Called to New Life

By the Rev. Lee Woofenden

Bridgewater, Massachusetts, December 3, 2000
First Sunday of Advent

 

Readings

Joshua 1:1-9 The call of Joshua

After the death of Moses the servant of the Lord, the Lord said to Joshua son of Nun, Moses' assistant: "Moses my servant is dead. Now then, you and all these people, get ready to cross the Jordan River into the land I am about to give to them--to the Israelites. I will give you every place where you set your foot, as I promised Moses. Your territory will extend from the desert to Lebanon, and from the great river, the Euphrates-- all the Hittite country--to the Great Sea on the west. No one will be able to stand up against you all the days of your life. As I was with Moses, so I will be with you; I will never leave you nor forsake you.

"Be strong and courageous, because you will lead these people to inherit the land I swore to their forefathers to give them. Be strong and very courageous. Be careful to obey all the law my servant Moses gave you; do not turn from it to the right or to the left, that you may be successful wherever you go. Do not let this Book of the Law depart from your mouth; meditate on it day and night, so that you may be careful to do everything written in it. Then you will be prosperous and successful. Have I not commanded you? Be strong and courageous. Do not be terrified; do not be discouraged, for the Lord your God will be with you wherever you go."


Luke 1:5-17 The birth of John the Baptist foretold

In the time of Herod king of Judea there was a priest named Zechariah, who belonged to the priestly division of Abijah; his wife Elizabeth was also a descendant of Aaron. Both of them were upright in the sight of God, observing all the Lord's commandments and regulations blamelessly. But they had no children, because Elizabeth was barren; and they were both well on in years.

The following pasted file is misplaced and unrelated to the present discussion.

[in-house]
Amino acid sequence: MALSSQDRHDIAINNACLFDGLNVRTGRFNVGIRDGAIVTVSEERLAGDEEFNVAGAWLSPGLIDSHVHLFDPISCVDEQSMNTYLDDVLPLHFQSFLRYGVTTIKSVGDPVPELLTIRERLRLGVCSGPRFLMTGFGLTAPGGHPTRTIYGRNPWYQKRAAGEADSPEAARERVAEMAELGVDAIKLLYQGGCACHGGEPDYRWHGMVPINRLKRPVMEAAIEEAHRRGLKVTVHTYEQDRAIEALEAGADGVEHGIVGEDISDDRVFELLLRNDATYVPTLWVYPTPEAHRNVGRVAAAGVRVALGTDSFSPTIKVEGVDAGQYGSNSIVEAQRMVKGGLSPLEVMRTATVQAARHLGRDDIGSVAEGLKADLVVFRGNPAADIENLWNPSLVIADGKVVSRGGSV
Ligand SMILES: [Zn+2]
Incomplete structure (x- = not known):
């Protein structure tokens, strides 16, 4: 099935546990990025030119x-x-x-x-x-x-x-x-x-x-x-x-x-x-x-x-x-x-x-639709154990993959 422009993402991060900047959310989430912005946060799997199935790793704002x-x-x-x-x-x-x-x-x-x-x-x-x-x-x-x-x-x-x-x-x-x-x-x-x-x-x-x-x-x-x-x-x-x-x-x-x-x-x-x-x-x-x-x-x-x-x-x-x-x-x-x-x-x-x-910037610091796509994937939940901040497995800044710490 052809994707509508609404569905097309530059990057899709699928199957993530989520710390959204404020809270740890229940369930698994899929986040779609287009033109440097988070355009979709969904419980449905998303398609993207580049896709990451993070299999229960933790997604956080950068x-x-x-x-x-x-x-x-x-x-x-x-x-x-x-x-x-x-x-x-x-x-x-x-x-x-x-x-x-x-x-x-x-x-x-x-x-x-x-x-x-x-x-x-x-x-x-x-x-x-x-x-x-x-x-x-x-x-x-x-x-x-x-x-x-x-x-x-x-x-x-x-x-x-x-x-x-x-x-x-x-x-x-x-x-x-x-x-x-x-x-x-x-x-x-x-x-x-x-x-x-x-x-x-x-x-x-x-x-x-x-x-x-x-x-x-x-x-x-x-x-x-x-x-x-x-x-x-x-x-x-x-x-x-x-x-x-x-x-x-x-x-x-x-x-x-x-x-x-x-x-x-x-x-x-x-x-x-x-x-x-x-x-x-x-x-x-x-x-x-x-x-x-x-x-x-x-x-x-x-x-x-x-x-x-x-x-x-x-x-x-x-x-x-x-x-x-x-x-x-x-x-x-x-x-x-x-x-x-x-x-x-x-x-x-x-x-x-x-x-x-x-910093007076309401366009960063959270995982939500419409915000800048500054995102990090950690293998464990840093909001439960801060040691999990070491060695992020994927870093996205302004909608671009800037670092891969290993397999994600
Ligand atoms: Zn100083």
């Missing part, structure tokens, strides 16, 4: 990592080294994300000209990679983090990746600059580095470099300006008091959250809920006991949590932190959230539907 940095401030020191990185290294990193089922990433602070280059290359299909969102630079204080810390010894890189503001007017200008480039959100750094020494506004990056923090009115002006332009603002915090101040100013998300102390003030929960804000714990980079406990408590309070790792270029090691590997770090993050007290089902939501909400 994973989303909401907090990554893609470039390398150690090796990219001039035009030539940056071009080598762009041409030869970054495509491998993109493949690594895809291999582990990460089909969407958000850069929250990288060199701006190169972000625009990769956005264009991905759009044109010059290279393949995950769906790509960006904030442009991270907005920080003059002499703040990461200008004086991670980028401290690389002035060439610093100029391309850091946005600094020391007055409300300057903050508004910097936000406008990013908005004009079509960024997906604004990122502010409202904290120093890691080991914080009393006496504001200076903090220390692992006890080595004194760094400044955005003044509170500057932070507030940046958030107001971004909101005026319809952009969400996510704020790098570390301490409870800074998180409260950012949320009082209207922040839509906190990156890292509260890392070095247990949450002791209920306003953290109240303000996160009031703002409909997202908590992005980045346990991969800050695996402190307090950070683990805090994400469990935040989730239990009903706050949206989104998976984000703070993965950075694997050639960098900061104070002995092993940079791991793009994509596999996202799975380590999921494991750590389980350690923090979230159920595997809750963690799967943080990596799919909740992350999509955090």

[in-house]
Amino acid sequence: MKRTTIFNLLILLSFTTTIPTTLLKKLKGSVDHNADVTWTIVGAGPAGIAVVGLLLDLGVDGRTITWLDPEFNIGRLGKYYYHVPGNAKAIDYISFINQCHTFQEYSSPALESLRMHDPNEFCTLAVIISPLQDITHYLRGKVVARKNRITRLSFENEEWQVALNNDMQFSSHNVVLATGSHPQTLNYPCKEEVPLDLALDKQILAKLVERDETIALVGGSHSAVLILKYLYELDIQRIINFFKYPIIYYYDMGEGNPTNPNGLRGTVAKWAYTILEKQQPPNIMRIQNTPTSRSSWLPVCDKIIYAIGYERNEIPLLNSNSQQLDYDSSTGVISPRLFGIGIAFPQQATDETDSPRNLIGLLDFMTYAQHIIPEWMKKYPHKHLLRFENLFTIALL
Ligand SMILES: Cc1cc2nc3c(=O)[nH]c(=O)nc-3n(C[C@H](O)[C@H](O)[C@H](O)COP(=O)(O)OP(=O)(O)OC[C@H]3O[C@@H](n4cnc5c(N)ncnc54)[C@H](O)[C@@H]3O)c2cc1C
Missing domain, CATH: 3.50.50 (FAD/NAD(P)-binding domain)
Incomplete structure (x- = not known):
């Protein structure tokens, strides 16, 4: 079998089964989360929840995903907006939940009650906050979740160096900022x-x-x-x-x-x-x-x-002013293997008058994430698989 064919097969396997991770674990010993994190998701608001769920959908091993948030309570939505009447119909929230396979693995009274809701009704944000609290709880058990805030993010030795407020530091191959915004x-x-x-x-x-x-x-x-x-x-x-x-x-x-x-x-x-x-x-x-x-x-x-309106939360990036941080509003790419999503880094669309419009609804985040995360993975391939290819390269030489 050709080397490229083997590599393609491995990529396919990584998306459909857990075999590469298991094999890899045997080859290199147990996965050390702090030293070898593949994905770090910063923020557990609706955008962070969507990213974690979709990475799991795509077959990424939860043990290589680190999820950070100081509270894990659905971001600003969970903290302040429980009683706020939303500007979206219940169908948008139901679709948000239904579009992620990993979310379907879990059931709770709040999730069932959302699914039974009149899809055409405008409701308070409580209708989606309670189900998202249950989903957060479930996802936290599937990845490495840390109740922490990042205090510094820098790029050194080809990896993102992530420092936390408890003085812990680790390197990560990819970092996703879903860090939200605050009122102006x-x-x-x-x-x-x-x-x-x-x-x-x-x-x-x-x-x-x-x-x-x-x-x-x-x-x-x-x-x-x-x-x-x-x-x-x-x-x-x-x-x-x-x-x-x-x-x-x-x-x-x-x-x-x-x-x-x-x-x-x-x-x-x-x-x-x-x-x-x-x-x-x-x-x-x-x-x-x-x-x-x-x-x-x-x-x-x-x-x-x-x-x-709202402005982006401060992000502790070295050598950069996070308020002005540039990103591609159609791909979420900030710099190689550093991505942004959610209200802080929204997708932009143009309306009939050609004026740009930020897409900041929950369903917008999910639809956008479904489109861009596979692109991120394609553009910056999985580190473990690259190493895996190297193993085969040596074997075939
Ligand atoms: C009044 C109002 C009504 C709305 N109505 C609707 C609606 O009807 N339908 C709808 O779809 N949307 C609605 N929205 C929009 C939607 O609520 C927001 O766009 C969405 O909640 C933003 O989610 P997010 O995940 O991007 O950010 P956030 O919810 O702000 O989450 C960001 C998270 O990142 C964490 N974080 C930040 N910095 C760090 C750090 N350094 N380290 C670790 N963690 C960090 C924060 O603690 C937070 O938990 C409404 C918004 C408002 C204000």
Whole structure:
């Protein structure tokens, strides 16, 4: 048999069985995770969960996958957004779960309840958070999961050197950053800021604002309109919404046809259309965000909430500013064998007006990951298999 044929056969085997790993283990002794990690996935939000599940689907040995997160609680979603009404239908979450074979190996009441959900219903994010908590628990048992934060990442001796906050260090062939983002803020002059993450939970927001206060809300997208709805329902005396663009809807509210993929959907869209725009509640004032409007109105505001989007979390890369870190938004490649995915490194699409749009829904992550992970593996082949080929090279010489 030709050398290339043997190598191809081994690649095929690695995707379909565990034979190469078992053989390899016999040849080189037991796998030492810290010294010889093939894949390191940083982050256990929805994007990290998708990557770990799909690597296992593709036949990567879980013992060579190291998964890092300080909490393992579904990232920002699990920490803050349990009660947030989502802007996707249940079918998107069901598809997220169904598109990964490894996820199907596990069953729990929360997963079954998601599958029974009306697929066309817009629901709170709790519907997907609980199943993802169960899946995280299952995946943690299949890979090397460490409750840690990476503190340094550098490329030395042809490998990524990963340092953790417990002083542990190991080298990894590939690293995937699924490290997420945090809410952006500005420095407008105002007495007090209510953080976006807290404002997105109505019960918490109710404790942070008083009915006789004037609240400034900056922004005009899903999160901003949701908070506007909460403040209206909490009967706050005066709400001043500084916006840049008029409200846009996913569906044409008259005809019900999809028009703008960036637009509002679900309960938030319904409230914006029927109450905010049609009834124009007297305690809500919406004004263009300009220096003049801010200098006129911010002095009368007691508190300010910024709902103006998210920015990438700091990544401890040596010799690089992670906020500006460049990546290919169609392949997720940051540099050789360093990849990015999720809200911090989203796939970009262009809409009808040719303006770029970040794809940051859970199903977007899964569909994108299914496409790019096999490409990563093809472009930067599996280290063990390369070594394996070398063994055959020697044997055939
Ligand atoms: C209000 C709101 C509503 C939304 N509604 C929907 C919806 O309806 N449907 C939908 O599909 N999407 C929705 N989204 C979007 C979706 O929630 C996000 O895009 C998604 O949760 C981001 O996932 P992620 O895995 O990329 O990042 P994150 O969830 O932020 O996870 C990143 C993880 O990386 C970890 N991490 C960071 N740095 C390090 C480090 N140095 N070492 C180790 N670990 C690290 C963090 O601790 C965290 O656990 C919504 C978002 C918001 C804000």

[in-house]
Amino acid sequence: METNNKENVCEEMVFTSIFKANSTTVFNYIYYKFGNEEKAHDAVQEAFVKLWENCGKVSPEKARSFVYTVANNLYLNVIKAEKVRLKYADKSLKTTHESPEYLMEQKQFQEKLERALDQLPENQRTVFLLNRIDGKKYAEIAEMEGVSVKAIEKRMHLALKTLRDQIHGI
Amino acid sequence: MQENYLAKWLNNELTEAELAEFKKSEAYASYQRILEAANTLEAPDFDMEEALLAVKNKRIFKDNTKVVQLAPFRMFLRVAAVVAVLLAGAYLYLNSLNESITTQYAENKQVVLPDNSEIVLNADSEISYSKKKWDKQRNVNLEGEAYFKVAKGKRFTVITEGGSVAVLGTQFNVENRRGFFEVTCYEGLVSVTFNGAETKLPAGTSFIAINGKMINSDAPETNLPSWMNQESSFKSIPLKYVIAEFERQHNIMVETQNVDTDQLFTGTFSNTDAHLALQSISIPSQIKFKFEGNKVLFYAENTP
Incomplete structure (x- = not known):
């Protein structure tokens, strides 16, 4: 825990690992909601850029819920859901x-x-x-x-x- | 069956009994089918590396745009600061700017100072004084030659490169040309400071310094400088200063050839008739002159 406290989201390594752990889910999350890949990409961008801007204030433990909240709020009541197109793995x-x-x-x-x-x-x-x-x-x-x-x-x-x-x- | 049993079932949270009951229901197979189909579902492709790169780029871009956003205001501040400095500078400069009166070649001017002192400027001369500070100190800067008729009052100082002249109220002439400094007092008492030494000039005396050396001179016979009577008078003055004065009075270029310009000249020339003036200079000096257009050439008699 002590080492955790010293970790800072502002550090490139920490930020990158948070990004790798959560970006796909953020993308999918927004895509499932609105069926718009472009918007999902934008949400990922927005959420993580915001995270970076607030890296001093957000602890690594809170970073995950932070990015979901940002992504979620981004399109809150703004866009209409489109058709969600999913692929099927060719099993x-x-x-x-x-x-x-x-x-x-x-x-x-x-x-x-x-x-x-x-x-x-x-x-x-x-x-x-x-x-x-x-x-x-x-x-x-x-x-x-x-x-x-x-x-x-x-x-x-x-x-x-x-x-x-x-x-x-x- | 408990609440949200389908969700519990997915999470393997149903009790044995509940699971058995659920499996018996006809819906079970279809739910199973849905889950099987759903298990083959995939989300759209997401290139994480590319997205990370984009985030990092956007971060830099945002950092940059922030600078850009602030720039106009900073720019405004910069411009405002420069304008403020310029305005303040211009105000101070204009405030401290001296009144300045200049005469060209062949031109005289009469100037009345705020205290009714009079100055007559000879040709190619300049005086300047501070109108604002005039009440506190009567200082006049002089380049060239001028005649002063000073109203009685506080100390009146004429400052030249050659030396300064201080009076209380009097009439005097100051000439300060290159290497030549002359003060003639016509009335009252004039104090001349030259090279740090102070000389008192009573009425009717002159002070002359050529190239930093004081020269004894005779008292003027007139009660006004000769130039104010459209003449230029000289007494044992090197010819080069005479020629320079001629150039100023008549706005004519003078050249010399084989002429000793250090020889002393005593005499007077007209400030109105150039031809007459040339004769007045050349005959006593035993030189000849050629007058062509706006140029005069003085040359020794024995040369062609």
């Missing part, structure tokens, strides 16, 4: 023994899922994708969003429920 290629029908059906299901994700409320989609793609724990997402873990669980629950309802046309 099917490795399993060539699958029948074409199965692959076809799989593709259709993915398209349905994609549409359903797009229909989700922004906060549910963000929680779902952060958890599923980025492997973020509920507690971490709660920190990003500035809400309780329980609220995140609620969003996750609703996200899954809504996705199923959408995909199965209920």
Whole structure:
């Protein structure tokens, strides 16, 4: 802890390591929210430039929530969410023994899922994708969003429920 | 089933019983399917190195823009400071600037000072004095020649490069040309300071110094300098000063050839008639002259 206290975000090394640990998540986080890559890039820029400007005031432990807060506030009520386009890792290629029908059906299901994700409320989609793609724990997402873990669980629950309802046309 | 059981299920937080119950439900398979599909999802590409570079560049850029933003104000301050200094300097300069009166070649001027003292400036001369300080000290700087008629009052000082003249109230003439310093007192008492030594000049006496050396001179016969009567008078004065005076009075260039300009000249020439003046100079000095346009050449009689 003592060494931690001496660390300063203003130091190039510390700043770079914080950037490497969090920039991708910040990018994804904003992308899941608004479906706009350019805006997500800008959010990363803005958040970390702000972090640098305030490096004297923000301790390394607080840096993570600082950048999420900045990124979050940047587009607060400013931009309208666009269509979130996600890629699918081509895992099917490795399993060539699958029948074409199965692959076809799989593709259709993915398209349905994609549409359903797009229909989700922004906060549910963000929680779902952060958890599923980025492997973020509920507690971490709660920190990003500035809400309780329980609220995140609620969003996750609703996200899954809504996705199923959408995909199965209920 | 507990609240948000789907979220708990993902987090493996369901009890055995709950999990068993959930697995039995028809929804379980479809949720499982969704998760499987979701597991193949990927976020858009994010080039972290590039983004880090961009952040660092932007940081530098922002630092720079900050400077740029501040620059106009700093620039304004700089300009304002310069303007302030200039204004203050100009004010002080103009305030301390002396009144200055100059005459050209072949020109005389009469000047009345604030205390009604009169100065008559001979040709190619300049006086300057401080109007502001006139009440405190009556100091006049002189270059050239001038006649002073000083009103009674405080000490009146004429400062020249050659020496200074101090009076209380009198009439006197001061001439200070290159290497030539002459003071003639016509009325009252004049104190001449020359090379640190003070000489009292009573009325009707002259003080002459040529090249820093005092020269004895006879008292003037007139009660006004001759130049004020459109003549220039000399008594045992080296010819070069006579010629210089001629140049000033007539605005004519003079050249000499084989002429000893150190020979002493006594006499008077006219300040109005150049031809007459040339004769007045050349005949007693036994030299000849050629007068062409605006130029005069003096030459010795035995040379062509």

Once when Zechariah's division was on duty and he was serving as priest before God, he was chosen by lot, according to the custom of the priesthood, to go into the temple of the Lord and burn incense. And when the time for the burning of incense came, all the assembled worshippers were praying outside.

Then an angel of the Lord appeared to him, standing at the right side of the altar of incense. When Zechariah saw him, he was startled and was gripped with fear. But the angel said to him: "Do not be afraid, Zechariah; your prayer has been heard. Your wife Elizabeth will bear you a son, and you are to give him the name John. He will be a joy and delight to you, and many will rejoice because of his birth, for he will be great in the sight of the Lord. He is never to take wine or other fermented drink, and he will be filled with the Holy Spirit even from birth. Many of the people of Israel will he bring back to the Lord their God. And he will go on before the Lord, in the spirit and power of Elijah, to turn the hearts of the fathers to their children and the disobedient to the wisdom of the righteous--to make ready a people prepared for the Lord."


The Heavenly City #159-61 Living a new life

If we want to be set free, we have to recognize our faults and regret them.